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    ABSTRACT: Abnormal phosphorylation and aggregation of tau is a key hallmark of Alzheimer's disease (AD). AD is a multifactorial neurodegenerative disorder for which Diabetes Mellitus (DM) is a risk factor. In animal models for DM, the phosphorylation and aggregation of tau is induced or exacerbated, however the underlying mechanism is unknown. In addition to the metabolic dysfunction, DM is characterized by chronic low-grade inflammation. This was reported to be associated with a neuroinflammatory response in the hypothalamus of DM animal models. Neuroinflammation is also implicated in the development and progression of AD. It is unknown whether DM also induces neuroinflammation in brain areas affected in AD, the cortex and hippocampus. Here we investigated whether neuroinflammation could be the mechanistic trigger to induce tau phosphorylation in the brain of DM animals. Two distinct diabetic animal models were used; rats on free-choice high-fat high-sugar (fcHFHS) diet that are insulin resistant and streptozotocin-treated rats that are insulin deficient. The streptozotocin-treated animals demonstrated increased tau phosphorylation in the brain as expected, whereas the fcHFHS diet fed animals did not. Remarkably, neither of the diabetic animal models showed reactive microglia or increased GFAP and COX-2 levels in the cortex or hippocampus. From this, we conclude: 1. DM does not induce neuroinflammation in brain regions affected in AD, and 2. Neuroinflammation is not a prerequisite for tau phosphorylation. Neuroinflammation is therefore not the mechanism that explains the close connection between DM and AD.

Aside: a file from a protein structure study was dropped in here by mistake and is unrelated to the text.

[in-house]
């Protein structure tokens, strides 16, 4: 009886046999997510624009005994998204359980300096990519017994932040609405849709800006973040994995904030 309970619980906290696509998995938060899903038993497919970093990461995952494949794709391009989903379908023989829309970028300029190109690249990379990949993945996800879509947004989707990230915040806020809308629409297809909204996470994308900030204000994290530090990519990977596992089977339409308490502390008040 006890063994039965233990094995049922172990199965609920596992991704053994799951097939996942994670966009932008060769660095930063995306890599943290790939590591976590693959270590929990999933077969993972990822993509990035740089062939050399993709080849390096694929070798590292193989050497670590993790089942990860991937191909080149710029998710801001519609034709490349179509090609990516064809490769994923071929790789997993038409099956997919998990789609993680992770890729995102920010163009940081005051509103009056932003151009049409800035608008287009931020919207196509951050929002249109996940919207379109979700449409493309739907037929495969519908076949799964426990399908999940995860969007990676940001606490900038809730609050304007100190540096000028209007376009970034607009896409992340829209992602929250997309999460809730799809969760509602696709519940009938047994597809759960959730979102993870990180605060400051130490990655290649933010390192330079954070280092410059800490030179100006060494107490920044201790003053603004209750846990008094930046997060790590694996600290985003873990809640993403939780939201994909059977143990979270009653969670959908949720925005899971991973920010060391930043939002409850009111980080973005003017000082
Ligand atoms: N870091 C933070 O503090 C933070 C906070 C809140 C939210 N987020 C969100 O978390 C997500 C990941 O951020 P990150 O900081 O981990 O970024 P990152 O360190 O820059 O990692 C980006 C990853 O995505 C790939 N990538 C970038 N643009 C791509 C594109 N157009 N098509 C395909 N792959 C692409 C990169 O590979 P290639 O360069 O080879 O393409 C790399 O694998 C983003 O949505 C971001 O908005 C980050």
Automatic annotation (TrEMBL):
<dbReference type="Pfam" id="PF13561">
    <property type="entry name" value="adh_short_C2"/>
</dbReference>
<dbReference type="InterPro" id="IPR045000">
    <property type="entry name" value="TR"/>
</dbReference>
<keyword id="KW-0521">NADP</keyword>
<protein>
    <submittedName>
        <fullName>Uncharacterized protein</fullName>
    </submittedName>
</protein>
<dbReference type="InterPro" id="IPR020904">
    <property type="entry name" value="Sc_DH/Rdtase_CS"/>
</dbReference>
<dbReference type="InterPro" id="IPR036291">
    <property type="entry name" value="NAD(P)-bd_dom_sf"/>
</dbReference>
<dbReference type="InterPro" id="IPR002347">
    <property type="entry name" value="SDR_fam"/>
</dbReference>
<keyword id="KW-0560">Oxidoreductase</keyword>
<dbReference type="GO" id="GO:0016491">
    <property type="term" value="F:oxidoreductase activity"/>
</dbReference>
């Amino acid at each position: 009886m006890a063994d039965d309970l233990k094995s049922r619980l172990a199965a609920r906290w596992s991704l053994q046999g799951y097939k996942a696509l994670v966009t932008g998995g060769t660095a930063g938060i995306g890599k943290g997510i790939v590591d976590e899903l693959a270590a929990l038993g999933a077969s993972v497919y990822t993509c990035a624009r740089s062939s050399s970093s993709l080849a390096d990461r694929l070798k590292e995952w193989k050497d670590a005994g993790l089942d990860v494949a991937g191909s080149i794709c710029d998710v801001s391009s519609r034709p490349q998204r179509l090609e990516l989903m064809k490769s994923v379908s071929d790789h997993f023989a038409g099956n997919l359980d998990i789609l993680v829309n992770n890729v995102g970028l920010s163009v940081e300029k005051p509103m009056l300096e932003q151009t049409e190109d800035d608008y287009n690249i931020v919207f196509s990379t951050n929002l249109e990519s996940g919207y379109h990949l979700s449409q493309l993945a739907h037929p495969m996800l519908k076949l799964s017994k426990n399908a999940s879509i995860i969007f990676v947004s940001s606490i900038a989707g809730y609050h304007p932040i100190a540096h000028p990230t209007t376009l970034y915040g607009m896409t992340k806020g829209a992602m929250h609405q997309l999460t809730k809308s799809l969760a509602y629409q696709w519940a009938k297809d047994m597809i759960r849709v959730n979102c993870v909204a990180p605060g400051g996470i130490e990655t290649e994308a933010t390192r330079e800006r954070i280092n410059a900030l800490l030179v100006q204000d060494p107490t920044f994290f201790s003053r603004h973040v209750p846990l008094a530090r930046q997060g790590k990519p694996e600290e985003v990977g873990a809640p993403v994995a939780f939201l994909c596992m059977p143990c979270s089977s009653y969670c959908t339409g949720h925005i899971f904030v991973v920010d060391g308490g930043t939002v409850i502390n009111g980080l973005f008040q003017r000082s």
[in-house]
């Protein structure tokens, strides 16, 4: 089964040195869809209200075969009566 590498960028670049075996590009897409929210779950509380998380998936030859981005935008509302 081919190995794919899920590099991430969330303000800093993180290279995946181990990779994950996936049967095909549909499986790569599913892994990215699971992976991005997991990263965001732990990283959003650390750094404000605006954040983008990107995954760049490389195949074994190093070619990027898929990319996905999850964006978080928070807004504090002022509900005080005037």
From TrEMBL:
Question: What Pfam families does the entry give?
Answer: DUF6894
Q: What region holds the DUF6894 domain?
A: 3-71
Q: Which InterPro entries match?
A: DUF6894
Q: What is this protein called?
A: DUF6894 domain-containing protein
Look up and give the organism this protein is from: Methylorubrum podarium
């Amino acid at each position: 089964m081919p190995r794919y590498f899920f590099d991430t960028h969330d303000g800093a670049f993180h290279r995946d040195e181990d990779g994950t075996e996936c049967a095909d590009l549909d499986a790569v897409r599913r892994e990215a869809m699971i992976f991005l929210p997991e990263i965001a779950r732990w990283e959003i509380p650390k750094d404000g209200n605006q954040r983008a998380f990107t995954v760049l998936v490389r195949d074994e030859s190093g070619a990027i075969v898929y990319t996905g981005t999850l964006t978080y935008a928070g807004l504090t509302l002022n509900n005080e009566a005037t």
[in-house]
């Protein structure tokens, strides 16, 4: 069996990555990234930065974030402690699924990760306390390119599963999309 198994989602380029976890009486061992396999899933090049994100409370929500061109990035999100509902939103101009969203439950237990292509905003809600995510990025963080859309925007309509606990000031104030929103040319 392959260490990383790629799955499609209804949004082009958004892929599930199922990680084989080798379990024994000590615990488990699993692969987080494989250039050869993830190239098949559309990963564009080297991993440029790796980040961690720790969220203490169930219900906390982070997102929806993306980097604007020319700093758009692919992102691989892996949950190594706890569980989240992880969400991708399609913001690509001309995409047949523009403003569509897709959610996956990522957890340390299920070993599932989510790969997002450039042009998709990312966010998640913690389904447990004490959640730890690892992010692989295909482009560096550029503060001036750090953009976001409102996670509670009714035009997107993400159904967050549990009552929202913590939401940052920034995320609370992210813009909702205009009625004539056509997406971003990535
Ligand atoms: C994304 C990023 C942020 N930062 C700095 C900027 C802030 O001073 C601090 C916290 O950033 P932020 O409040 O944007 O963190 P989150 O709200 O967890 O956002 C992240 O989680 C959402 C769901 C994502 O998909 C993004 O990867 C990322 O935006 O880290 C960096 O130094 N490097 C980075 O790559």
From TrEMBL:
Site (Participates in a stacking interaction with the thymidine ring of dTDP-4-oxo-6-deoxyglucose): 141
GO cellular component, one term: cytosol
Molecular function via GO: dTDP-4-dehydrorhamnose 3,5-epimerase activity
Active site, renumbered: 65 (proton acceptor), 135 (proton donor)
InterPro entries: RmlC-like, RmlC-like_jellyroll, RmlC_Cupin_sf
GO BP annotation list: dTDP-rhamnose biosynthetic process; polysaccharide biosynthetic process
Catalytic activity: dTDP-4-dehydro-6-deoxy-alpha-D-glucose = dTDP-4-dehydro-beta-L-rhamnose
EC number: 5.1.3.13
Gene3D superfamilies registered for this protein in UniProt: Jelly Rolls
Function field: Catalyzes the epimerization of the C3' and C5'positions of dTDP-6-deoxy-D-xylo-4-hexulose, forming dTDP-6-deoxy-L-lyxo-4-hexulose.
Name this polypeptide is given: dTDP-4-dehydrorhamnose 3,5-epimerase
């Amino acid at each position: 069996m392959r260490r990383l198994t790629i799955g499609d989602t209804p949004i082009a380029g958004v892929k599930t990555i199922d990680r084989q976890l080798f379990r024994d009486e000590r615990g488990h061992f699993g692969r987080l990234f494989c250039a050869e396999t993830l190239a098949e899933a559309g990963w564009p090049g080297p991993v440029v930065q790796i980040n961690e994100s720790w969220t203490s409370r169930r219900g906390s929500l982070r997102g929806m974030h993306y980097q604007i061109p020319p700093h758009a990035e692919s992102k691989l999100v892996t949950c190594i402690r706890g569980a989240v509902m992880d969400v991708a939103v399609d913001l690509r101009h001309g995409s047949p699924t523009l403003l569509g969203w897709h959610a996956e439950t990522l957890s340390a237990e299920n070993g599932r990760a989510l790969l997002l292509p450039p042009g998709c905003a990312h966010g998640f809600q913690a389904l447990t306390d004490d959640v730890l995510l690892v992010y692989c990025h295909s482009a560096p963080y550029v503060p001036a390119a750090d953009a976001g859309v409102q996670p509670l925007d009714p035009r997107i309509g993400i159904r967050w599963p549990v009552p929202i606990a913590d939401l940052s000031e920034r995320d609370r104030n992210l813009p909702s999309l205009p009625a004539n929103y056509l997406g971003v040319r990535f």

Full-text · Article · Nov 2015 · Frontiers in Neuroscience
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    • "As one approach leading to weight gain, an extremely high-fat diet (HFD, 60% calorie from fat) was previously shown to induce a remarkable brain insulin resistance as well as spatial memory impairment in a normal mouse or a transgenic mouse model of AD (Ho et al., 2004; Moroz et al., 2008; Leboucher et al., 2013). "